Two 19th century incumbents of St Oswald’s parish church at Filey in North Yorkshire, are particularly remembered for their differing eccentricities.
The Rev. Evan Williams was a Perpetual Curate at the church from 1809 to 1833 and lived alone in the Church House. He would not allow any woman into the house and it is said that he would buy just one shilling’s worth of fish for his food, and his milk was delivered to him in a pitcher which he let down on a rope from an upstairs window. Sometimes, soon after commencing a service, he would announce that there would not be a sermon and then he would depart quickly, locking the church door behind him. Instead of the Church Wardens being the choice of one by the parishioners and one by the vicar at St Oswald’s, it had always been customary for both to be selected by the parishioners. This was challenged by the Rev. Williams, but his law suit found favour with the established tradition, at a cost of £90 to the church.
The Rev. A.N Cooper was a much loved vicar of Filey for 55 years (1880 – 1935). He was known as The Walking Parson, and wrote several books about his travels both at home and abroad. He thought nothing of walking from Filey to London after Sunday evensong, returning by train in time for the following Sunday. On Easter Monday 1887, he set off to walk to Rome and, having walked to Hull he took the ferry to Rotterdam and, averaging some 30 miles a day, he completed the journey in one month. During his walks on the continent he reached Budapest, Vienna, Monte Carlo, Barcelona, Lourdes, Copenhagen and Stockholm. His only luggage was a small knapsack containing a change of underwear and his bible.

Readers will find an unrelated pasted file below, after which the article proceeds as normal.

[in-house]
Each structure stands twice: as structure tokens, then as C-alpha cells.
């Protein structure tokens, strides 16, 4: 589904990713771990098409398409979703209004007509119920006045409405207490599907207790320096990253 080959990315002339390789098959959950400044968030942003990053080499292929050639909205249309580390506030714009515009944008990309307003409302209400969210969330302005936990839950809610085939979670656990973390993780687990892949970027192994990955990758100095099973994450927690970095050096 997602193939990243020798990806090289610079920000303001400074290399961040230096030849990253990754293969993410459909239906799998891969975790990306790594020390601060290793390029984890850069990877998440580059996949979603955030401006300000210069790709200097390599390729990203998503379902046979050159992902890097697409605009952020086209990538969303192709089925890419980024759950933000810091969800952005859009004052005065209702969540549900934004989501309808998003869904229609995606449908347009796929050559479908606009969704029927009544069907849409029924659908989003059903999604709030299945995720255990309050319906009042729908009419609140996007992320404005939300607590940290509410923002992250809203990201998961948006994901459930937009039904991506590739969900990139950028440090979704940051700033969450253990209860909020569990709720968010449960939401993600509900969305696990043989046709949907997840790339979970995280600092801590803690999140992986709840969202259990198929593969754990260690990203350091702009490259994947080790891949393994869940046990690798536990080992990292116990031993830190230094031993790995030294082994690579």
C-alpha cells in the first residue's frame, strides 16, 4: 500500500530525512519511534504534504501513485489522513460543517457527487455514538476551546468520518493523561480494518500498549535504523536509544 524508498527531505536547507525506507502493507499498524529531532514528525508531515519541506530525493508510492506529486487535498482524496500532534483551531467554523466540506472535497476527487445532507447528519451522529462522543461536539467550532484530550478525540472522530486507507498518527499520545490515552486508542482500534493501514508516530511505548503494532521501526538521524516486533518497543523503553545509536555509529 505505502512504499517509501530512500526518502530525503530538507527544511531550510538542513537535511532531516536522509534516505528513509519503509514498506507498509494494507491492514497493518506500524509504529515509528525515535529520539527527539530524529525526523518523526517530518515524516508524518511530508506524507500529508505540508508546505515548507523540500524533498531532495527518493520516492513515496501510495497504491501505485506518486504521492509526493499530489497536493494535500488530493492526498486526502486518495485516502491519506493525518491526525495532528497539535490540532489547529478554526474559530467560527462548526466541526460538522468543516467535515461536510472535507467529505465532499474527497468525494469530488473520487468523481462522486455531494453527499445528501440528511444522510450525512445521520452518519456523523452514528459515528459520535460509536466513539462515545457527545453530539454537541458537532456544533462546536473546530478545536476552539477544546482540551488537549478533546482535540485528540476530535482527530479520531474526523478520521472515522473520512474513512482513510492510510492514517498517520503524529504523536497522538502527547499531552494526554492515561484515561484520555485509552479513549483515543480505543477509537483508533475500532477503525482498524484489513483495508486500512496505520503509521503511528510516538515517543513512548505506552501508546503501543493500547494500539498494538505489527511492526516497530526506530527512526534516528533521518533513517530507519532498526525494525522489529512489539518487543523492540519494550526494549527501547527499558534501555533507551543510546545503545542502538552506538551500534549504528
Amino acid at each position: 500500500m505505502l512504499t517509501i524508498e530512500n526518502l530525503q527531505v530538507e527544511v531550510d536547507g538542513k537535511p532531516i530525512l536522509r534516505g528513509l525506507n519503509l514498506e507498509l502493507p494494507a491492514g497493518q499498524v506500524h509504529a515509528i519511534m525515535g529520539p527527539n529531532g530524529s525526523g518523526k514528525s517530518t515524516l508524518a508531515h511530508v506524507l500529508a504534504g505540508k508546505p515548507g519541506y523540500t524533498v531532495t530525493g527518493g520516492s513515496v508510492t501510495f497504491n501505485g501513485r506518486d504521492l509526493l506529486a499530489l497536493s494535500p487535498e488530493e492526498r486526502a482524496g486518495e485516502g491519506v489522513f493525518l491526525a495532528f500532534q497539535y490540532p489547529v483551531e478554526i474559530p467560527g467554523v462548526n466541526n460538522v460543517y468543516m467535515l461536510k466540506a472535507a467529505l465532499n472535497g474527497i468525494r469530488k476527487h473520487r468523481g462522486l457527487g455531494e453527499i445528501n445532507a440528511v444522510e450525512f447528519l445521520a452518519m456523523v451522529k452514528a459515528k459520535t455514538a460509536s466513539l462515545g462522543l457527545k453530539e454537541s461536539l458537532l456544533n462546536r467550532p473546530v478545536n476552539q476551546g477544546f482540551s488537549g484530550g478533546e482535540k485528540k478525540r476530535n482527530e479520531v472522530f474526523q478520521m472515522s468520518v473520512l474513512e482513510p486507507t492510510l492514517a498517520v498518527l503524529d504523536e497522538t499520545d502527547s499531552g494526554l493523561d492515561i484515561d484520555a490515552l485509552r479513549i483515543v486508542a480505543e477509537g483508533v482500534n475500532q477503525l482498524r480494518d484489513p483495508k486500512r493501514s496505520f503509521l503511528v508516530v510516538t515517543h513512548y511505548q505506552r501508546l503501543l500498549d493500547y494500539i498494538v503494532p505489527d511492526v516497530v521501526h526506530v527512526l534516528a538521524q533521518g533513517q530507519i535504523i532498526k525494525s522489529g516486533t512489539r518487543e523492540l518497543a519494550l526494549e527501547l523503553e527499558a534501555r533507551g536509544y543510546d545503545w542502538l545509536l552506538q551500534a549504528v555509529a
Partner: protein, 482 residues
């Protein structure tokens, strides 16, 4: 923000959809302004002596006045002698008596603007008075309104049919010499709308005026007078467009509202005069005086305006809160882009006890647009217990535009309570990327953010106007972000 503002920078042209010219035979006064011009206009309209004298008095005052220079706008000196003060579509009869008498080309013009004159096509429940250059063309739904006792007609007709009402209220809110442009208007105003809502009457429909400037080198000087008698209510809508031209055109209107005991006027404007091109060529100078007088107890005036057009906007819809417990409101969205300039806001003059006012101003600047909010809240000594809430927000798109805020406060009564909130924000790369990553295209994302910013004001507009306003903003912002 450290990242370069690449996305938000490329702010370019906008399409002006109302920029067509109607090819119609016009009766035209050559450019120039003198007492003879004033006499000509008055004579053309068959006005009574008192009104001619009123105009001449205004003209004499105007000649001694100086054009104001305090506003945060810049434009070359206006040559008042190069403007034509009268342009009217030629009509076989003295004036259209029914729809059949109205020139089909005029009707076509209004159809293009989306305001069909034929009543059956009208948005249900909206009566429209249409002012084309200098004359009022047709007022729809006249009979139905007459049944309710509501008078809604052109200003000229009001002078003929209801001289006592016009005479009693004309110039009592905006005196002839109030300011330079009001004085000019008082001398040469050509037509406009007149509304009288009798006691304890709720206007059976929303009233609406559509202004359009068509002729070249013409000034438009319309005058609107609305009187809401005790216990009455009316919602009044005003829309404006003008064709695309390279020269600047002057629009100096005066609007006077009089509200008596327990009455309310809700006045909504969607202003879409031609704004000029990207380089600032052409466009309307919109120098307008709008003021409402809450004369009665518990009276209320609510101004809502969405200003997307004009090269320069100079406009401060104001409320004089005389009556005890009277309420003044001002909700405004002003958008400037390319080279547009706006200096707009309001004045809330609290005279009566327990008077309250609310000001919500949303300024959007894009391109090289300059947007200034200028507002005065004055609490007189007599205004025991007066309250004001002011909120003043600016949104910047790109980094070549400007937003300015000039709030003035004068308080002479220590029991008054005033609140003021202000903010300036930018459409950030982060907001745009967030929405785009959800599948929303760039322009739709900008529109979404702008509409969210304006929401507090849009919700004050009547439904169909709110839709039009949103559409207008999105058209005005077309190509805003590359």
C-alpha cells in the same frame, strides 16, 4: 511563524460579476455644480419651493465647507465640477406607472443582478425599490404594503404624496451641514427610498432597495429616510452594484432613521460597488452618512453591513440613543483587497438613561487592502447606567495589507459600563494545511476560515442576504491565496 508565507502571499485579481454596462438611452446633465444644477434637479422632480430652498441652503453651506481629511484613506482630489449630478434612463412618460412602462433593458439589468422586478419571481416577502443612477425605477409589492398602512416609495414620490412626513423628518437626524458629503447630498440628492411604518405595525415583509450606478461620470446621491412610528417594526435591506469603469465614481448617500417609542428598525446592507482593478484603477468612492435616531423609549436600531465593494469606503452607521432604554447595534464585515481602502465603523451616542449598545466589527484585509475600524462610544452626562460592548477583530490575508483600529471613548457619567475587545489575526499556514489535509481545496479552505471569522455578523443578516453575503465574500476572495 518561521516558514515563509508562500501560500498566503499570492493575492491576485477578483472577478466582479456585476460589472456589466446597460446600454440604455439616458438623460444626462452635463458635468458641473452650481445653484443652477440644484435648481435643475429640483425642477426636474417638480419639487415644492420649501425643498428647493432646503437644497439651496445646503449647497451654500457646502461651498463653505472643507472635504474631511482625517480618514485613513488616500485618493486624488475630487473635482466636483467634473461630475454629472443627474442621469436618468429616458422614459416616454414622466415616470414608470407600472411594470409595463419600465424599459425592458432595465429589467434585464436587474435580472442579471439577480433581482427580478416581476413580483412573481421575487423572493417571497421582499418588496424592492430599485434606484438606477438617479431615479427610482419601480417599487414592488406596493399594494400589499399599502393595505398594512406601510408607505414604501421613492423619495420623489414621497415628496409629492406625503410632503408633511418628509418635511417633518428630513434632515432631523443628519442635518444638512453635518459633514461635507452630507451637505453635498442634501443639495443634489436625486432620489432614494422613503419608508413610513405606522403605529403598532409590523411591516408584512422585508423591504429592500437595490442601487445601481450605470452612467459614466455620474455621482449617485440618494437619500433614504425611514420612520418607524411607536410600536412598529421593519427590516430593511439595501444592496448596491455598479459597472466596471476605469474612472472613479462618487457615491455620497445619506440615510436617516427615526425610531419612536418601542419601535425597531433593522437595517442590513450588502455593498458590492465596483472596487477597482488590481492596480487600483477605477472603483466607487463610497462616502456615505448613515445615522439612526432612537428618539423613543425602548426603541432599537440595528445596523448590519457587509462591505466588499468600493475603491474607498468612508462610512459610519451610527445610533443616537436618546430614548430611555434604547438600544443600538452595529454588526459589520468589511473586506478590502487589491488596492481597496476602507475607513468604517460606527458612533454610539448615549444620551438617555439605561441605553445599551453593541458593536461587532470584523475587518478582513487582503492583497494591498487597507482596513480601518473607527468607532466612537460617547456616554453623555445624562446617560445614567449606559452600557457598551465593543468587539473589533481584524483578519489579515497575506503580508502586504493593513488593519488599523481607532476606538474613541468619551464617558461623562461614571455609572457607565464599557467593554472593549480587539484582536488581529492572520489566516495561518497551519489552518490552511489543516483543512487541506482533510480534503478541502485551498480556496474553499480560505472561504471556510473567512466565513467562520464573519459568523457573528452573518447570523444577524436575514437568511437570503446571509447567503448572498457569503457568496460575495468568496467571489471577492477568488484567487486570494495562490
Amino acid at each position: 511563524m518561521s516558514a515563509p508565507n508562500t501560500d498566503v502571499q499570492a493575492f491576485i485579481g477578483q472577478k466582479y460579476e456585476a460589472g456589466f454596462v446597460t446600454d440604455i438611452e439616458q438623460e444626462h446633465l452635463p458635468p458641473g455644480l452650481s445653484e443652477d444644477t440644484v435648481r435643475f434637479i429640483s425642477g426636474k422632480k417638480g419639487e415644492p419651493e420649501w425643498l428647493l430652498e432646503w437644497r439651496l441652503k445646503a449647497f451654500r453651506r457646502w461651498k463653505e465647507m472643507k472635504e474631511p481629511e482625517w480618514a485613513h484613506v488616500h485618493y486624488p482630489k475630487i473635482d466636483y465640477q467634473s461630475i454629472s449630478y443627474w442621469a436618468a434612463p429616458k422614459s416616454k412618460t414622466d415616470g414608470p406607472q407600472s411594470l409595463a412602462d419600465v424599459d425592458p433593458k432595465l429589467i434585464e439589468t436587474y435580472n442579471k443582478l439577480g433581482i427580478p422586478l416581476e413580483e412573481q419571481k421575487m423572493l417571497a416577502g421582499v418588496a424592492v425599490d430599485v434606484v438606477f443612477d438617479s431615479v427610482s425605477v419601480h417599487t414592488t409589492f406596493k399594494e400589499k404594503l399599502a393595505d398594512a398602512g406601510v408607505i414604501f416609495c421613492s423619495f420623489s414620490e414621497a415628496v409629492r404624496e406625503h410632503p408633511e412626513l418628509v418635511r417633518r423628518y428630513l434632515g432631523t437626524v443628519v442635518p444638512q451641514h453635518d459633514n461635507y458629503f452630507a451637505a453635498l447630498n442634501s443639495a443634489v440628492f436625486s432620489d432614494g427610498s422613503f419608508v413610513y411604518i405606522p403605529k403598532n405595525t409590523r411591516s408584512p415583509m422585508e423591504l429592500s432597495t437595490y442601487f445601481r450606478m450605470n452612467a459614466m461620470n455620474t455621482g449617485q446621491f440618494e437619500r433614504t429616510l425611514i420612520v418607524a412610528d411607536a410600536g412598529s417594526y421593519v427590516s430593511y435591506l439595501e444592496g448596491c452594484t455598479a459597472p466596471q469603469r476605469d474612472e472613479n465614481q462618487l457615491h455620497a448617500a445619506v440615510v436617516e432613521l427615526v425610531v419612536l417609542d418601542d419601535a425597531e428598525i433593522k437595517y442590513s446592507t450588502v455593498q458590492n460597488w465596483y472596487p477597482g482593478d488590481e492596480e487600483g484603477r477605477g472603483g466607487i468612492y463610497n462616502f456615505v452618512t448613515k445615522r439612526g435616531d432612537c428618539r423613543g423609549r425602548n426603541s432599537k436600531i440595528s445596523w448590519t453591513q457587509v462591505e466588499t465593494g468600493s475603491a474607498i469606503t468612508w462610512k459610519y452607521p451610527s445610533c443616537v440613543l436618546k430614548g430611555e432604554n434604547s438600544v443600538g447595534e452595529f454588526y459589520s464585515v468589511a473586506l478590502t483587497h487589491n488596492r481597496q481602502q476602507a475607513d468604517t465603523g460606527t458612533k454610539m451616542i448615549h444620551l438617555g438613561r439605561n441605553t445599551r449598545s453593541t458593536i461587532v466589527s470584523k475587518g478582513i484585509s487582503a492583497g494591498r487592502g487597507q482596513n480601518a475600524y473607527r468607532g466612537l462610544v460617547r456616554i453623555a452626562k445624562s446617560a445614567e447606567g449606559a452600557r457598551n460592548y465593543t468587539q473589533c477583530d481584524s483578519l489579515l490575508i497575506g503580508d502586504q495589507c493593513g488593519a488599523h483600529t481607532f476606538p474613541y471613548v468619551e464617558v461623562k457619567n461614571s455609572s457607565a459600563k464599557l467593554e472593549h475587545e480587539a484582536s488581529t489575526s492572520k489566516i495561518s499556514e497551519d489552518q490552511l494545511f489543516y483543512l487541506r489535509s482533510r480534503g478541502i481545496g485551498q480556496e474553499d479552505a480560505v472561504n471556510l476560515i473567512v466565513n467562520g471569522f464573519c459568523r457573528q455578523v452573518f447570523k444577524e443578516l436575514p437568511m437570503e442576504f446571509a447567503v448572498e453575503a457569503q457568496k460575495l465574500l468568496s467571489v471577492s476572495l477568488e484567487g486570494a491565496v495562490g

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Photo taken in Filey, North Yorkshire, UK
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